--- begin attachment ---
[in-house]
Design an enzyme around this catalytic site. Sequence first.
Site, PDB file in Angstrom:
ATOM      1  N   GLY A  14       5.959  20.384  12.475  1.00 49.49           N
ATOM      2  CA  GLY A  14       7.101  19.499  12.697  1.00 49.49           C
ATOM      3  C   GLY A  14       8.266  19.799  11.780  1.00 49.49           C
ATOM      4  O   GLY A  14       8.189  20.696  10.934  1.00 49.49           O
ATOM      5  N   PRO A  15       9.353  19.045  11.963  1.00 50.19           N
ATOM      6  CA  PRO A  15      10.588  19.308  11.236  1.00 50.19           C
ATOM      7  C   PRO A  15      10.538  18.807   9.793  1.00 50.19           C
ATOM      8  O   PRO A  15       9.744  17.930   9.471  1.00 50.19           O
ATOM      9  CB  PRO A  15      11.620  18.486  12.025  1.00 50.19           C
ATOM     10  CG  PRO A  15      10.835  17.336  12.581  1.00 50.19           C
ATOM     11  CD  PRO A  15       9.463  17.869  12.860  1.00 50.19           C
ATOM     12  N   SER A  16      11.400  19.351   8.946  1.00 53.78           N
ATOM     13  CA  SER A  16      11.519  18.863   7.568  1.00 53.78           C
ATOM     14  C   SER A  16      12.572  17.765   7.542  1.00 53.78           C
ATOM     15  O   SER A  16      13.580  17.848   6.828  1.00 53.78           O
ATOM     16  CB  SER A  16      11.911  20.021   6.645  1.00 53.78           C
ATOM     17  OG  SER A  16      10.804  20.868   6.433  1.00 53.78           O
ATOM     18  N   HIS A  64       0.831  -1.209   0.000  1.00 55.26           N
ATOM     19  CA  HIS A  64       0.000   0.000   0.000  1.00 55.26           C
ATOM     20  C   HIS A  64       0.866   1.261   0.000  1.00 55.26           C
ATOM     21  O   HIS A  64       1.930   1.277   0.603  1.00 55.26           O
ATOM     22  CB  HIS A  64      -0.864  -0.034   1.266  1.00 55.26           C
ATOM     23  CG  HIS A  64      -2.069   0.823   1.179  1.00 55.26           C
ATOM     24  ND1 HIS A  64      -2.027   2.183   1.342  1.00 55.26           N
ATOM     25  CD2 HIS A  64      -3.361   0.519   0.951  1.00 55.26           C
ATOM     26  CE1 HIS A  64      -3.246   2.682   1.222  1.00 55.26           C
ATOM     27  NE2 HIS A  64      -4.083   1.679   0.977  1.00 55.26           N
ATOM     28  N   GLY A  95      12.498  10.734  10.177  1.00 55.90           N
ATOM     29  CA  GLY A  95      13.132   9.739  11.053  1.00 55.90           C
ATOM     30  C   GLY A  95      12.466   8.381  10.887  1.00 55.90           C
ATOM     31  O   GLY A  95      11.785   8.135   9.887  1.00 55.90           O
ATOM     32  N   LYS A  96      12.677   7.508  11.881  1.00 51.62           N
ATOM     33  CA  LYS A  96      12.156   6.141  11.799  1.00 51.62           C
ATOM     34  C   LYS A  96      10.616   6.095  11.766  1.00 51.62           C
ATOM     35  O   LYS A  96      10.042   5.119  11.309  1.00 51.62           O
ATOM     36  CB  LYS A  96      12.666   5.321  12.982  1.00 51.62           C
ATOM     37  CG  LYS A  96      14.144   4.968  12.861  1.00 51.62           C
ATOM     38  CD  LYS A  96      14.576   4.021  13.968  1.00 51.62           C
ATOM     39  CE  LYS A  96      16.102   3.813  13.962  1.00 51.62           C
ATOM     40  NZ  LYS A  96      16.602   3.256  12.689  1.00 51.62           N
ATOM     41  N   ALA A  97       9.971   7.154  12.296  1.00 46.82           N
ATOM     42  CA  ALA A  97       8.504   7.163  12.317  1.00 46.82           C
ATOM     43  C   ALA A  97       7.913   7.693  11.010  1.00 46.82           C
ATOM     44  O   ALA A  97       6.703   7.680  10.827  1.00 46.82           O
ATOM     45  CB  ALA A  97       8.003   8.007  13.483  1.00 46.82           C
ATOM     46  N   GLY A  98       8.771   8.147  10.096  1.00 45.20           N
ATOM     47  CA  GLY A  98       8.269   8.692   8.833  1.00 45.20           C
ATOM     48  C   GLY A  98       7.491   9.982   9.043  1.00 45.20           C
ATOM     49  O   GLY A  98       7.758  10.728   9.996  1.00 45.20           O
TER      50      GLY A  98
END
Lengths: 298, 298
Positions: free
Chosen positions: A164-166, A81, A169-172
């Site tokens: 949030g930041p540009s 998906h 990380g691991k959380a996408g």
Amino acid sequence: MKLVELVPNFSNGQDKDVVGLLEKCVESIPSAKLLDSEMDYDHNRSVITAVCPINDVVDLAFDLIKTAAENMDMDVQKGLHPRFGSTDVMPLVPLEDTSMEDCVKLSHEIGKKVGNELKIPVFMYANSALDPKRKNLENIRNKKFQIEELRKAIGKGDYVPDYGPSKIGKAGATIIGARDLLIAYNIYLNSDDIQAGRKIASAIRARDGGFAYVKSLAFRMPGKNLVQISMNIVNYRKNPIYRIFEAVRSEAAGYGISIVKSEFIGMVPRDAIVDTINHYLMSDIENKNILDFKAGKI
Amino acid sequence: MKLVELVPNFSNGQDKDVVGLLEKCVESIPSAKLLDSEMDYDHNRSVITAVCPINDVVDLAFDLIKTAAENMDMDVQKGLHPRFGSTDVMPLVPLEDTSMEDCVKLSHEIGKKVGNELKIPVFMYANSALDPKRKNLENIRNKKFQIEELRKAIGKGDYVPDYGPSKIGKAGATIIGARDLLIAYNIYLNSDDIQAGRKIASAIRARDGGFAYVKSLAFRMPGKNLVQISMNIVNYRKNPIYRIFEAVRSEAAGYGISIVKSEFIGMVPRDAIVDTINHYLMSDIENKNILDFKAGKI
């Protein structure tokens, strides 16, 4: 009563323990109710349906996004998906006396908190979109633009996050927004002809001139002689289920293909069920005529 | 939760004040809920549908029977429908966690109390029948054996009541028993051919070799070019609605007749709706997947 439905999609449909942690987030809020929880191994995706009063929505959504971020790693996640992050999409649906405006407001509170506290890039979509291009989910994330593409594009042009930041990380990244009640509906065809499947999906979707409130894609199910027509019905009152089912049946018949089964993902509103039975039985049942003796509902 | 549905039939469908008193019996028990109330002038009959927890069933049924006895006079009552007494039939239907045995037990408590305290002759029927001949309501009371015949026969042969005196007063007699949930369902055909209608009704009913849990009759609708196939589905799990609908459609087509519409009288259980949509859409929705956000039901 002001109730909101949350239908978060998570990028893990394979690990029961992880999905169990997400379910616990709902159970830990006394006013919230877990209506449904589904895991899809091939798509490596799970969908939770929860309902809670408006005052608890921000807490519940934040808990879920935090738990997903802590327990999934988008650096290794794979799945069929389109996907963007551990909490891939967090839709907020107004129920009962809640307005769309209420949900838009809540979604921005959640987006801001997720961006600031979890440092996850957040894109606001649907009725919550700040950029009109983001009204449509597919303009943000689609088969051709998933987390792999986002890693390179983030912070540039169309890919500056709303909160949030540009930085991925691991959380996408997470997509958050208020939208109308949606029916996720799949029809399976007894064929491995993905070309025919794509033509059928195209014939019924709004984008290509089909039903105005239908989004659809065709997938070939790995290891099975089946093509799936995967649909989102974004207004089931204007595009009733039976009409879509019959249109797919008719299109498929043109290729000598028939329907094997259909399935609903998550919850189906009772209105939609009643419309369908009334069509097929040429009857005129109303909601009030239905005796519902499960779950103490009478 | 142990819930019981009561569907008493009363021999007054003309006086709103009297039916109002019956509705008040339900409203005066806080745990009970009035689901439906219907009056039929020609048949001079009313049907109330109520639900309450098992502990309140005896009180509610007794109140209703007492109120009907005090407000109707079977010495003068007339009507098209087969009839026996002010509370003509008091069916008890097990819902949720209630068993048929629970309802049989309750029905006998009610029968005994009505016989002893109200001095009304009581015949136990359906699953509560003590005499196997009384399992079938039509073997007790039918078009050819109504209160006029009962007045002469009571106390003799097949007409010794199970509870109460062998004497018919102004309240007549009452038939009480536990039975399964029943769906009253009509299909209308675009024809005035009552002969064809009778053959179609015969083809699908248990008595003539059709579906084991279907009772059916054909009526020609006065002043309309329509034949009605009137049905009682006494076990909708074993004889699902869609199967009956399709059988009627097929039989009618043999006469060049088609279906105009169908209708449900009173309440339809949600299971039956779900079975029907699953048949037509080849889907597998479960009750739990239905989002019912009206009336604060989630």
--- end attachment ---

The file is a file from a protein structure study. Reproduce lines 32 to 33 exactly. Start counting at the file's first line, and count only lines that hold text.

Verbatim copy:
ATOM     29  CA  GLY A  95      13.132   9.739  11.053  1.00 55.90           C
ATOM     30  C   GLY A  95      12.466   8.381  10.887  1.00 55.90           C